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Editorial: Alternative detention aids youths, community

Next year promises to be a better one for Bernalillo County youths who make a misstep into the criminal justice system, as well as those who could have been their future victims.

It’s all thanks to the Juvenile Detention Alternative Initiative, a project of the private charitable Annie E. Casey Foundation. The JDAI channels young offenders away from traditional D-home lockups – which can be training grounds for career criminals – and into programs designed to cut recidivism and help them grow into productive members of society.

All while keeping the community safe.

So instead of a 24-7 juvie jail, youthful offenders may be placed in house arrest or reporting center systems. That allows them to spend their days participating in educational or life-skills programs, working on community projects, hearing from community partners, getting counseling, receiving treatment for substance abuse or mental health issues and even facing their victims to see the fallout from their actions.

And then go home at night, with electronic monitors if deemed necessary for safety.

In its 13 years in Bernalillo County, the program has been so successful that two juvenile housing units have been closed because there aren’t enough offenders to fill them. The Juvenile Detention Center’s annual admissions are down to 1,188 in fiscal 2012-13 compared to 4,654 in fiscal 2003 and the average daily population is down to 54 in 2012-13 from 113 in 2003.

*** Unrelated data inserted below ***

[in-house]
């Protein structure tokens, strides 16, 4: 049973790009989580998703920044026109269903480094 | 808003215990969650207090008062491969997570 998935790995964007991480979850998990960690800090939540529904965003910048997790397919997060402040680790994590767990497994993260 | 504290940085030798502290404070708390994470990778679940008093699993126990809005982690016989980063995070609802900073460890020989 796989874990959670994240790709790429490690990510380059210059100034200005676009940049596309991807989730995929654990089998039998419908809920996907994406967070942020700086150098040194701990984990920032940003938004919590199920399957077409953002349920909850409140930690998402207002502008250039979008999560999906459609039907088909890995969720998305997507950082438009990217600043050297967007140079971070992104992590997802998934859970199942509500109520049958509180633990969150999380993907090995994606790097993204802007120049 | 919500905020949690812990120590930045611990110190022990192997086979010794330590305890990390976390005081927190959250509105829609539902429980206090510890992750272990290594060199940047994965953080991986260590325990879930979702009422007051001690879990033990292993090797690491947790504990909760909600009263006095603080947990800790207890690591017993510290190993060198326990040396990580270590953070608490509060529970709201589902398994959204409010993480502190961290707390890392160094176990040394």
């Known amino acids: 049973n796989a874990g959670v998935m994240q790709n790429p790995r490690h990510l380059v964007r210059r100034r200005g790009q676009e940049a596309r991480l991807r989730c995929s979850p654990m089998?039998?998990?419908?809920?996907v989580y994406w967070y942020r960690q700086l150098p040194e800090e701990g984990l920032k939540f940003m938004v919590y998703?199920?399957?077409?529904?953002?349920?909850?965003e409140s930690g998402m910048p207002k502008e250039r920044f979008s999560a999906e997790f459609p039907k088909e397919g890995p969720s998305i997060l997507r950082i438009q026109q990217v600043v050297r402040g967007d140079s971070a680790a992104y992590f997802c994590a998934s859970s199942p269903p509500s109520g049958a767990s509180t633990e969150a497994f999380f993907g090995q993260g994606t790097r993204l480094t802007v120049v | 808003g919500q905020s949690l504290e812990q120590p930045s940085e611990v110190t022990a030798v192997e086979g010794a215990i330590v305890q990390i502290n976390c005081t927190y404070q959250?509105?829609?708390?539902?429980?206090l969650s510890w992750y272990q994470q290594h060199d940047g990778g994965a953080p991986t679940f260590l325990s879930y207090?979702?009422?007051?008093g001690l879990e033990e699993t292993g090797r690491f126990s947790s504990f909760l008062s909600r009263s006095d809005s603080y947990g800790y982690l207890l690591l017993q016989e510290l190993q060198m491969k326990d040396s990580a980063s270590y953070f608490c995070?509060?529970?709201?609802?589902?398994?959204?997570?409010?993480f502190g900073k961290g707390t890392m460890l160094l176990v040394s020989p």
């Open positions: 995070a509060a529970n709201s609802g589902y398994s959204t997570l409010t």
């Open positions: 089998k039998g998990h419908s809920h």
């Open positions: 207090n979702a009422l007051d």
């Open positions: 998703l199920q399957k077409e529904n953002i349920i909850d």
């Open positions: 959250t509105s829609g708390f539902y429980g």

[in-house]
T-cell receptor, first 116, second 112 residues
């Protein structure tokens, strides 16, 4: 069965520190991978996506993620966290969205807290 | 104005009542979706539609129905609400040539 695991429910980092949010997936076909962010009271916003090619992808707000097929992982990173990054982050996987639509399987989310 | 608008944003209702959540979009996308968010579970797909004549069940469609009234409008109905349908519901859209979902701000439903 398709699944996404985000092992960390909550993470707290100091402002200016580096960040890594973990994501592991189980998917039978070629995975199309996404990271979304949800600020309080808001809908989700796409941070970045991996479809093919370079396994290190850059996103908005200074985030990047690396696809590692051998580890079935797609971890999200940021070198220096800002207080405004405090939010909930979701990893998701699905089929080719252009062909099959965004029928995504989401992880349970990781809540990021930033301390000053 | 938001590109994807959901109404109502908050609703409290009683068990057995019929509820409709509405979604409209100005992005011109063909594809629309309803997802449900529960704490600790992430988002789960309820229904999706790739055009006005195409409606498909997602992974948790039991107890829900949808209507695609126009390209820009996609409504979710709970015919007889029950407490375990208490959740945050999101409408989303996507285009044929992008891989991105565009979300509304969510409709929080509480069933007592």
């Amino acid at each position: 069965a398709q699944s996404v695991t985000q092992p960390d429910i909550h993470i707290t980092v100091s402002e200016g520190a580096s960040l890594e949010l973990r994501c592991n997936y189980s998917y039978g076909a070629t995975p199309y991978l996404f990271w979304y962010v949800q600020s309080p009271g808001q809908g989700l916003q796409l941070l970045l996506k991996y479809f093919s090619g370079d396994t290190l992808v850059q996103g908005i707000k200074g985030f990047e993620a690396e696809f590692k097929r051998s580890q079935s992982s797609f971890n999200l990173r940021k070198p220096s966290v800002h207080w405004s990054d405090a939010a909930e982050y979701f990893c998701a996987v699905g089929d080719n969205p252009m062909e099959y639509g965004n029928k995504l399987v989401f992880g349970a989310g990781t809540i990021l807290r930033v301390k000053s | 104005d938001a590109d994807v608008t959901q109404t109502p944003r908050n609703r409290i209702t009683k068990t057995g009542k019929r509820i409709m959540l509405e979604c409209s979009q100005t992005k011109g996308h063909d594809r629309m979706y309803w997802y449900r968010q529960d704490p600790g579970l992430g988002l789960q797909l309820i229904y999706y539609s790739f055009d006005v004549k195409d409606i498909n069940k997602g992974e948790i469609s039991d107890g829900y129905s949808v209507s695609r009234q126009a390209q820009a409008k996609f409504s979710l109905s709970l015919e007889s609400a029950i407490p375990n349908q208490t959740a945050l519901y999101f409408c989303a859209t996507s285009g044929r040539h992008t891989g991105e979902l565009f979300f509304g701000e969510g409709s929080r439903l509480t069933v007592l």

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Even more telling than fewer youths in the D-home is fewer warrants for youths, fewer youths on ankle bracelets and fewer crimes by young offenders.

District Attorney Kari Brandenburg says other states are coming to Bernalillo County to see the model in action, in part because an arrest before age 15 means a young person is six times more likely than others to be arrested again after age 21 – that is, if early intervention programs like those being applied here are not instituted.

It’s impressive that Bernalillo County has become a model for successful juvenile justice. But even more important is that these programs are locking up positive futures for once-troubled youths while keeping the community at large safe.

This editorial first appeared in the Albuquerque Journal. It was written by members of the editorial board and is unsigned as it represents the opinion of the newspaper rather than the writers.